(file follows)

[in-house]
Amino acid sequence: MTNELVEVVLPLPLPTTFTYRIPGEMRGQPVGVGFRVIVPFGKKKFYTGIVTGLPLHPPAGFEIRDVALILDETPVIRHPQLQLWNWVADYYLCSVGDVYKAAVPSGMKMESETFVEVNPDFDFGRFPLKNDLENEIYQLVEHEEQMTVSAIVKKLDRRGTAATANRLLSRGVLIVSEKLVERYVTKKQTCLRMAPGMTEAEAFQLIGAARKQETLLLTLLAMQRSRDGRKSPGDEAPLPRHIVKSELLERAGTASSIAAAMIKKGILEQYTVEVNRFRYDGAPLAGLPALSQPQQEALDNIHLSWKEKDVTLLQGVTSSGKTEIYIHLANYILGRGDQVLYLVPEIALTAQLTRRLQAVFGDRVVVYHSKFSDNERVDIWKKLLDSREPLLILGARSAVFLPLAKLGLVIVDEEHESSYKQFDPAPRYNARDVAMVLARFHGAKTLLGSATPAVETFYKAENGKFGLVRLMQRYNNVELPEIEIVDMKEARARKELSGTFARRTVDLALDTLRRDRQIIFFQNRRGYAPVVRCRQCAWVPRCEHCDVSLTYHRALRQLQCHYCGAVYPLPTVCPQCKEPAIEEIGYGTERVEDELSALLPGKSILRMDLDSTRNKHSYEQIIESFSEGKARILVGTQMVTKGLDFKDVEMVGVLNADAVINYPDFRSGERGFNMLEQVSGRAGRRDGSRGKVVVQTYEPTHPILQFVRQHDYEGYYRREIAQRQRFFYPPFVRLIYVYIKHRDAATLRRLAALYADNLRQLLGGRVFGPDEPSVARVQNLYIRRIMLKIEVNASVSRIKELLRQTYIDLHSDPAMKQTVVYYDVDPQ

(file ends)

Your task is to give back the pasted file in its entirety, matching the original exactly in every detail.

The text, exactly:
[in-house]
Amino acid sequence: MTNELVEVVLPLPLPTTFTYRIPGEMRGQPVGVGFRVIVPFGKKKFYTGIVTGLPLHPPAGFEIRDVALILDETPVIRHPQLQLWNWVADYYLCSVGDVYKAAVPSGMKMESETFVEVNPDFDFGRFPLKNDLENEIYQLVEHEEQMTVSAIVKKLDRRGTAATANRLLSRGVLIVSEKLVERYVTKKQTCLRMAPGMTEAEAFQLIGAARKQETLLLTLLAMQRSRDGRKSPGDEAPLPRHIVKSELLERAGTASSIAAAMIKKGILEQYTVEVNRFRYDGAPLAGLPALSQPQQEALDNIHLSWKEKDVTLLQGVTSSGKTEIYIHLANYILGRGDQVLYLVPEIALTAQLTRRLQAVFGDRVVVYHSKFSDNERVDIWKKLLDSREPLLILGARSAVFLPLAKLGLVIVDEEHESSYKQFDPAPRYNARDVAMVLARFHGAKTLLGSATPAVETFYKAENGKFGLVRLMQRYNNVELPEIEIVDMKEARARKELSGTFARRTVDLALDTLRRDRQIIFFQNRRGYAPVVRCRQCAWVPRCEHCDVSLTYHRALRQLQCHYCGAVYPLPTVCPQCKEPAIEEIGYGTERVEDELSALLPGKSILRMDLDSTRNKHSYEQIIESFSEGKARILVGTQMVTKGLDFKDVEMVGVLNADAVINYPDFRSGERGFNMLEQVSGRAGRRDGSRGKVVVQTYEPTHPILQFVRQHDYEGYYRREIAQRQRFFYPPFVRLIYVYIKHRDAATLRRLAALYADNLRQLLGGRVFGPDEPSVARVQNLYIRRIMLKIEVNASVSRIKELLRQTYIDLHSDPAMKQTVVYYDVDPQ